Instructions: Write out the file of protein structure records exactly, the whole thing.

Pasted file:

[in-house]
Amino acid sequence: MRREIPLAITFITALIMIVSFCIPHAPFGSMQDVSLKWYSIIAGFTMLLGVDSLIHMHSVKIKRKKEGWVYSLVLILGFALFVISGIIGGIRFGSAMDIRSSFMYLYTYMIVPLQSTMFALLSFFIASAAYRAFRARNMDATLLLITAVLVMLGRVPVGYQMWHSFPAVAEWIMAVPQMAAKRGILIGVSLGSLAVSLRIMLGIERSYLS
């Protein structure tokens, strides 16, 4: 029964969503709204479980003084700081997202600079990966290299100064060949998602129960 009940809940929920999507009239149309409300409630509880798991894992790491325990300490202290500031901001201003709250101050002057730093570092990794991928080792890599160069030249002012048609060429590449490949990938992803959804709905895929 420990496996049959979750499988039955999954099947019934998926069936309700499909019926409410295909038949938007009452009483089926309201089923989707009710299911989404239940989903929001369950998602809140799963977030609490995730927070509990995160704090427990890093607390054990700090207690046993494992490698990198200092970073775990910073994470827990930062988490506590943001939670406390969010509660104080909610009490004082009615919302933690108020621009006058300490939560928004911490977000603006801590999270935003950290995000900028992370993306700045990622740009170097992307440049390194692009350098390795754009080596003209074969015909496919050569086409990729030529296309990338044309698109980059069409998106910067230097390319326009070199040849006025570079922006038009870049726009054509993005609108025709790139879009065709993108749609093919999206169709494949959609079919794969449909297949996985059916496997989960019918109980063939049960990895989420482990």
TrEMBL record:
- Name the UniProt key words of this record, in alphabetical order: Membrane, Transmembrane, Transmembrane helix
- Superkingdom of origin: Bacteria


[in-house]
Amino acid sequence: MRREIPLAITFITALIMIVSFCIPHAPFGSMQDVSLKWYSIIAGFTMLLGVDSLIHMHSVKIKRKKEGWVYSLVLILGFALFVISGIIGGIRFGSAMDIRSSFMYLYTYMIVPLQSTMFALLSFFIASAAYRAFRARNMDATLLLITAVLVMLGRVPVGYQMWHSFPAVAEWIMAVPQMAAKRGILIGVSLGSLAVSLRIMLGIERSYLS
């Protein structure tokens, strides 16, 4: 029964969503709204479980003084700081997202600079990966290299100064060949998602129960 009940809940929920999507009239149309409300409630509880798991894992790491325990300490202290500031901001201003709250101050002057730093570092990794991928080792890599160069030249002012048609060429590449490949990938992803959804709905895929 420990496996049959979750499988039955999954099947019934998926069936309700499909019926409410295909038949938007009452009483089926309201089923989707009710299911989404239940989903929001369950998602809140799963977030609490995730927070509990995160704090427990890093607390054990700090207690046993494992490698990198200092970073775990910073994470827990930062988490506590943001939670406390969010509660104080909610009490004082009615919302933690108020621009006058300490939560928004911490977000603006801590999270935003950290995000900028992370993306700045990622740009170097992307440049390194692009350098390795754009080596003209074969015909496919050569086409990729030529296309990338044309698109980059069409998106910067230097390319326009070199040849006025570079922006038009870049726009054509993005609108025709790139879009065709993108749609093919999206169709494949959609079919794969449909297949996985059916496997989960019918109980063939049960990895989420482990």
TrEMBL record:
- Name the UniProt key words of this record, in alphabetical order: Membrane, Transmembrane, Transmembrane helix
- Superkingdom of origin: Bacteria